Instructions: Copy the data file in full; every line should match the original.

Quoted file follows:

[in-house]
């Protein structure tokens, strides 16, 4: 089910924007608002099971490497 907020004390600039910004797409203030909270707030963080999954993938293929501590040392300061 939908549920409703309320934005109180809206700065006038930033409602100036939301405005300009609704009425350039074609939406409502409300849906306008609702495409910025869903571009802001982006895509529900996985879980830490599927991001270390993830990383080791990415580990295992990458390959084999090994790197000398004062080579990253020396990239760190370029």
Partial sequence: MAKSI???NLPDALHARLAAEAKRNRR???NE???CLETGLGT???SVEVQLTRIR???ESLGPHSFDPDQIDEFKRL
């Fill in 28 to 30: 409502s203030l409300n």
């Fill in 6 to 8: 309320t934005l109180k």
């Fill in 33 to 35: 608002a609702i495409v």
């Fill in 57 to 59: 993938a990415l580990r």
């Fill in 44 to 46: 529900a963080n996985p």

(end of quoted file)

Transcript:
[in-house]
């Protein structure tokens, strides 16, 4: 089910924007608002099971490497 907020004390600039910004797409203030909270707030963080999954993938293929501590040392300061 939908549920409703309320934005109180809206700065006038930033409602100036939301405005300009609704009425350039074609939406409502409300849906306008609702495409910025869903571009802001982006895509529900996985879980830490599927991001270390993830990383080791990415580990295992990458390959084999090994790197000398004062080579990253020396990239760190370029």
Partial sequence: MAKSI???NLPDALHARLAAEAKRNRR???NE???CLETGLGT???SVEVQLTRIR???ESLGPHSFDPDQIDEFKRL
């Fill in 28 to 30: 409502s203030l409300n």
């Fill in 6 to 8: 309320t934005l109180k």
């Fill in 33 to 35: 608002a609702i495409v």
């Fill in 57 to 59: 993938a990415l580990r």
């Fill in 44 to 46: 529900a963080n996985p």